Raconteur Tommy ‘The Matchmaker’ Curtis, who owned Yacht Club of Bethesda, dies at 75

tommy curtis wayne's luv
Tommy Curtis’s club, Wayne’s Luv, which opened in 1972, was one of the first area clubs catering to singles. (Courtesy Dave Nuttycombe)

Tommy Curtis, whose aplomb as a promoter of The Yacht Club of Bethesda turned nightly capacity crowds of over-35 singles packed in a dreary Holiday Inn into what he dubbed “The Love Boat,” has died. He was 75.

Tommy Curtis’ brother producer Bruce Cohn Curtis, told WTOP from Hollywood, that Tommy Curtis died May 5, at home in Bethesda. He had a history of heart-related problems.

“He was quite a character,” Bruce Cohn Curtis said.

From 1989 to 2006, Tommy Curtis relished, nurtured and flogged his role as “Tommy The Matchmaker” — the good-natured co-owner and master of ceremonies at the Yacht Club, a suburban alternative for middle-aged single, divorced and widowed people who had aged out of the downtown D.C. club scene.

Perpetually holding court, introducing shy customers, boasting and advocating for the club’s female clientele — “Washington’s best and brightest” — Tommy Curtis claimed to have been responsible for hundreds of marriages and engagements.

In the 1990s, the Yacht Club’s success revolved around him.

“Tommy Curtis was a consummate pro and the ultimate host,” recalled Morris Jones, a well-known television anchor in D.C., during the The Yacht Club of Bethesda’s heyday.

“He made everyone feel special at his club,” Jones marveled. “You might as well have been a guest at a private dinner party — that’s how Tommy treated everyone who walked in the front door.”

Yale-educated, Tommy Curtis’ career included stints as a Hollywood producer, radio personality in D.C. and owner of one of the first singles bars in the nation’s capital.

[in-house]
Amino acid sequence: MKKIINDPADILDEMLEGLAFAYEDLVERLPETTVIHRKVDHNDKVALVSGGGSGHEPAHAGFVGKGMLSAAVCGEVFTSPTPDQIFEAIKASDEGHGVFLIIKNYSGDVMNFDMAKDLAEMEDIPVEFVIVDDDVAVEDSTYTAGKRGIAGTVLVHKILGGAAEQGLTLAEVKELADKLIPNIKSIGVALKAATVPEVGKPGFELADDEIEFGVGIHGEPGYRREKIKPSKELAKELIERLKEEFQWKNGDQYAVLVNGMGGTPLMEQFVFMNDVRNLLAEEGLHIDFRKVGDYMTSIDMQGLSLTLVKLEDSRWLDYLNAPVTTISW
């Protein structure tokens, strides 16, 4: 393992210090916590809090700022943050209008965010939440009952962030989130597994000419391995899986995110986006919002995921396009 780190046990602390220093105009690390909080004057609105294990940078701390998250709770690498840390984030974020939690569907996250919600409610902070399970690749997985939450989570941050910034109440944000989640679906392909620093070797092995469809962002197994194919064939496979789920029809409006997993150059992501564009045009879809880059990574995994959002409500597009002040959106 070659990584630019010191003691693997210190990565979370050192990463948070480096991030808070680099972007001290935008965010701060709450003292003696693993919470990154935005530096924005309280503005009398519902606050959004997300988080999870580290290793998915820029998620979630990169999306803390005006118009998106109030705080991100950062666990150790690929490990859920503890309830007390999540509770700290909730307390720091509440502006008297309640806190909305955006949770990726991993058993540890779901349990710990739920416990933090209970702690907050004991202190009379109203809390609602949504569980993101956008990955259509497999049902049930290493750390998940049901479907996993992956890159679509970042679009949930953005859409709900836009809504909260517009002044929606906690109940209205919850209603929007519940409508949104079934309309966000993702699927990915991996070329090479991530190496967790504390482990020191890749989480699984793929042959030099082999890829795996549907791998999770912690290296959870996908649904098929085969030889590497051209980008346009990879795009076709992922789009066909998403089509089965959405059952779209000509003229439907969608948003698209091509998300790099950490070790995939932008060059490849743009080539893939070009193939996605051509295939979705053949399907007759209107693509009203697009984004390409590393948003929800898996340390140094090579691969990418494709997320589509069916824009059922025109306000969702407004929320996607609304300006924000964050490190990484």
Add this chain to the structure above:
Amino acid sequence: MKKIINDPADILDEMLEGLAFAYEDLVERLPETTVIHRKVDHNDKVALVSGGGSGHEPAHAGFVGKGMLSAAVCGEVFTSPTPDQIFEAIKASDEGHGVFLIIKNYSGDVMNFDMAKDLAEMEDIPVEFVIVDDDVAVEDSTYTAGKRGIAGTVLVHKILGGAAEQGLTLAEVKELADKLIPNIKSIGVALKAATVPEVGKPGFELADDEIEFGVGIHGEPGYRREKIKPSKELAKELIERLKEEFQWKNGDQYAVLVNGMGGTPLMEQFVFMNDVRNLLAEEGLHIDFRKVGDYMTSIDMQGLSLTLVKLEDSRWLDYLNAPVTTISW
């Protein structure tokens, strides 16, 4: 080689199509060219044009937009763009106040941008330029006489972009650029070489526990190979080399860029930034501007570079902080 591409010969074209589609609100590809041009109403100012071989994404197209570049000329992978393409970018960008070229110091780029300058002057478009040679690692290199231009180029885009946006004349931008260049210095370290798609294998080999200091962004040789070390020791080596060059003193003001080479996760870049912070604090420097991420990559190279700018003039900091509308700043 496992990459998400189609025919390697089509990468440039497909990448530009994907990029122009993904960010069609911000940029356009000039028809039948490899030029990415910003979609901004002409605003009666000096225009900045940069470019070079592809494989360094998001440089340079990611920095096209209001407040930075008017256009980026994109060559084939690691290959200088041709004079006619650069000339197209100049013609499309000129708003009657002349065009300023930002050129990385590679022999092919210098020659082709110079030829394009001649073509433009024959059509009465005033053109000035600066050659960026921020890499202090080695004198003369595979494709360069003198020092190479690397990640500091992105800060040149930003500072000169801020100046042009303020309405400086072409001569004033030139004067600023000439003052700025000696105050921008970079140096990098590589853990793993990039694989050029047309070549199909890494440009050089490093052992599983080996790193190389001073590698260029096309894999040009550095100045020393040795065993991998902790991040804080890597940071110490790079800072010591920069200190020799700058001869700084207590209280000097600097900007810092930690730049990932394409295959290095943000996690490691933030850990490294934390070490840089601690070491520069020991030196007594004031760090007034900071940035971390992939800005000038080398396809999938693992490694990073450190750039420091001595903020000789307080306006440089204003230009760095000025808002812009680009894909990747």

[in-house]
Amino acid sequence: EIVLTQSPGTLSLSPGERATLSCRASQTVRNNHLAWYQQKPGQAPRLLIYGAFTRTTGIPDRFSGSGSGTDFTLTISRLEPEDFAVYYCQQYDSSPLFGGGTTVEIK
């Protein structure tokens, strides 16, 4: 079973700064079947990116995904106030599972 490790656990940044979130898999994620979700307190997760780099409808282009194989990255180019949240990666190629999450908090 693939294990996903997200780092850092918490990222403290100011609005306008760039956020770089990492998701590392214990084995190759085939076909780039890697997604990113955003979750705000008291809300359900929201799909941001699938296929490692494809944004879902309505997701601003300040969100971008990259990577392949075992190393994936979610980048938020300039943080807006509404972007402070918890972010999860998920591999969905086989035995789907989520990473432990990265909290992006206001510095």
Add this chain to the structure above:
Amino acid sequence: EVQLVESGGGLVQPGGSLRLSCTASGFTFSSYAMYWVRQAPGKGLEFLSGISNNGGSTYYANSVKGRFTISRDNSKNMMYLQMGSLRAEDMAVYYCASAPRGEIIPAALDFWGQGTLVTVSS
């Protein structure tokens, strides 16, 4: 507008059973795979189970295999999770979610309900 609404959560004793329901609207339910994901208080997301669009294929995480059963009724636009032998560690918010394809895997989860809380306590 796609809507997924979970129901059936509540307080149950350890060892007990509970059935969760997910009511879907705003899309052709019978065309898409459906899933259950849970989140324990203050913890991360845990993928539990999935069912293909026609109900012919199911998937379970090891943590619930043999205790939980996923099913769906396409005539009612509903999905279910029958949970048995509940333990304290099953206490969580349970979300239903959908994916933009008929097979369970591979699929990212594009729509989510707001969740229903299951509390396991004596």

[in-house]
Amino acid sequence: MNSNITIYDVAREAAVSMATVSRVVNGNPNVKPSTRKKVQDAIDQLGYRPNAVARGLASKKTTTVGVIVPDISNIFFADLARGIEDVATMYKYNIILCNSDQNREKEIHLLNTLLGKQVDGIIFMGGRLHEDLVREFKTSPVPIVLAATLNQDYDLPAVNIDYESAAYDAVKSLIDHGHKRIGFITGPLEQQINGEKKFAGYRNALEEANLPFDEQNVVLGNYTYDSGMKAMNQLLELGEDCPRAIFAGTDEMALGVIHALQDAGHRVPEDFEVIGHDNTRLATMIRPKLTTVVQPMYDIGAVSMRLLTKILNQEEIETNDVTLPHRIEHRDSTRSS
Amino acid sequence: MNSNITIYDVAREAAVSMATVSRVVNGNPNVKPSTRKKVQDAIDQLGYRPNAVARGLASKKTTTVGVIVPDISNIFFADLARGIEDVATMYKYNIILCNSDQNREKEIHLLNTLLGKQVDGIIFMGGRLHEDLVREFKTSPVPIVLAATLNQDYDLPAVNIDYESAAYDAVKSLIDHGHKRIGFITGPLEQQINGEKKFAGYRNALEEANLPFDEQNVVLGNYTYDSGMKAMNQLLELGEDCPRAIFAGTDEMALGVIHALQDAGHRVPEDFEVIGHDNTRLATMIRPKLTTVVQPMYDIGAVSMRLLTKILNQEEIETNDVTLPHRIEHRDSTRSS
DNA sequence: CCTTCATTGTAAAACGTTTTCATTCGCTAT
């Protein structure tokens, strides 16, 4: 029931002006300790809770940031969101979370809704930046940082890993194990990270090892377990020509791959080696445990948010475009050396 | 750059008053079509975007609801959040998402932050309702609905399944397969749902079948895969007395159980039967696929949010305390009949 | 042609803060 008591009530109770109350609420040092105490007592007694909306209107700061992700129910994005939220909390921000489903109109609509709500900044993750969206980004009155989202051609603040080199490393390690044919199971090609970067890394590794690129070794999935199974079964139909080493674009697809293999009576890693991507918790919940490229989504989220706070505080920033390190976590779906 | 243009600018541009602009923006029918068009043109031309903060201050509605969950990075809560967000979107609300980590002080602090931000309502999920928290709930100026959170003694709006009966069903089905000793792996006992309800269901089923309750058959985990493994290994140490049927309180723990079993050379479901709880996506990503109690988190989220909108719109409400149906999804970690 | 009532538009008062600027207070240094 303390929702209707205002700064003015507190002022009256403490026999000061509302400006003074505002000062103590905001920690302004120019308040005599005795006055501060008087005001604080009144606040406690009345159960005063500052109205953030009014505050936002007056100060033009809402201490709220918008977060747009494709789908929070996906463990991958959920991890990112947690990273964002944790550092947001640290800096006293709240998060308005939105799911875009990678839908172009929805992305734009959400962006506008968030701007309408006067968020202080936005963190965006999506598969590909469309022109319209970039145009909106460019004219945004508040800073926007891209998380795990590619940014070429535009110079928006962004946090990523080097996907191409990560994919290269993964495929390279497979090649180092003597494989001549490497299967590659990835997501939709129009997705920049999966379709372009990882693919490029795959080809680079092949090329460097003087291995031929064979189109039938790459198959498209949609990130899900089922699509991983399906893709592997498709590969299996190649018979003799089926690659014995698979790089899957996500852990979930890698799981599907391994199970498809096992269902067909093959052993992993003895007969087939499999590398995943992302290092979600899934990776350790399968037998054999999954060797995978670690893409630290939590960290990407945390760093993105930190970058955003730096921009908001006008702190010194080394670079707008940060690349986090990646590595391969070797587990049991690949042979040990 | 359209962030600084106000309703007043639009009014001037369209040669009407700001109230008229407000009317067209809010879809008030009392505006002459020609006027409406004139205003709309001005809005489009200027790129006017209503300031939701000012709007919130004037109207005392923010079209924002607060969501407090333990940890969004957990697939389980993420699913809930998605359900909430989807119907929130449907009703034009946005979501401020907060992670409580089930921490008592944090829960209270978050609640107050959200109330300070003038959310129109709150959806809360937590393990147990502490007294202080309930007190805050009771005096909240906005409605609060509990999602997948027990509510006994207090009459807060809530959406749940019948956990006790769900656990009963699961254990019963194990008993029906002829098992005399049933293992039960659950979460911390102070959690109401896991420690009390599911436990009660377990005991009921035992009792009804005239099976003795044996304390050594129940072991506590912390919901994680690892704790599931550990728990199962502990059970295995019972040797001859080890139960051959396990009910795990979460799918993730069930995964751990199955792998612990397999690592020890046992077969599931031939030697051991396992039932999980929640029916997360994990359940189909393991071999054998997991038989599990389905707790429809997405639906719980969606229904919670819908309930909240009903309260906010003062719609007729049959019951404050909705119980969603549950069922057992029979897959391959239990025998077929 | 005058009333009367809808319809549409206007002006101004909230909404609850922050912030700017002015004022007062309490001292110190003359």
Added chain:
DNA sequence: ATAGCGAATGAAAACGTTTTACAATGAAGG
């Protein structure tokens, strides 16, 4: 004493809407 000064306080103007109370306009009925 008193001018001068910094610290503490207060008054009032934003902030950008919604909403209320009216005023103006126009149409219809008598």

“He was always ‘on’ — like Toots Shor, or Jack Kreindler and Charlie Berns at 21 (Club) — he was a raconteur. That was his life. He was ahead of his time,” Bruce Cohn Curtis said.

Elfin, single, after a year at law school, in 1967 Curtis opened his first club, “Wayne’s Luv,” at 21st and K Sts. NW, catering to single men and women.

Tommy Curtis parlayed his knowledge and connection to the singles market into a radio host slot in 1972 at album-rock WMAL-FM, where his show blended rock ‘n’ roll with dating tips.

By the late 1970s, Tommy Curtis moved to Hollywood, where his brother Bruce was following in the family business — their grandfather and great uncle, Jack and Harry Cohn, founded Columbia Pictures.

“He was always out there hustling, he handled the business side,” Bruce Cohn Curtis said. Together they produced films including “Dreamscape,” starring Dennis Quaid, “Hell NIght,” starring Linda Blair, and “The Seduction,” with Morgan Fairchild.

“What a diverse career,” Bruce Cohn Curtis said.

In 2010, D.C. area filmmaker Dave Nuttycombe produced a short documentary on Tommy Curtis called “Match Me If You Can.”

“Tommy was an old-fashioned schmoozer and promoter,” Nuttycombe said. “He had an angle, and he was gonna stick with it, reality notwithstanding.”

“He could be very charming and fun to be around,” Nuttycombe said. “He’d told his story in his way for so long that I’m not sure he knew where the facts were anymore.”

“His heart was in the right place,” said Nuttycombe. “He did like playing the matchmaker, and making a buck out of it, as well.”

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tommy curtis wayne's luv
Tommy Curtis, whose aplomb as a promoter of The Yacht Club of Bethesda turned nightly capacity crowds of over-35 singles packed in a dreary Holiday Inn into what he dubbed “The Love Boat,” has died. He was 75. Tommy Curtis’s club, Wayne’s Luv, which opened in 1972, was one of the first area clubs catering to singles. (Courtesy Dave Nuttycombe)

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BETHESDA, MD - JUNE 22: Irene Pollin, widow of former Caps and Wizards owner Abe Pollin, sits for a portrait at her home in Bethesda, MD on Wednesday June 22, 2016. Irene has recently written her memoir titled "Irene And Abe An Unexpected Life" about her 64 years of marriage and how they became philanthropic leaders. (Photo by Jabin Botsford/The Washington Post via Getty Images)
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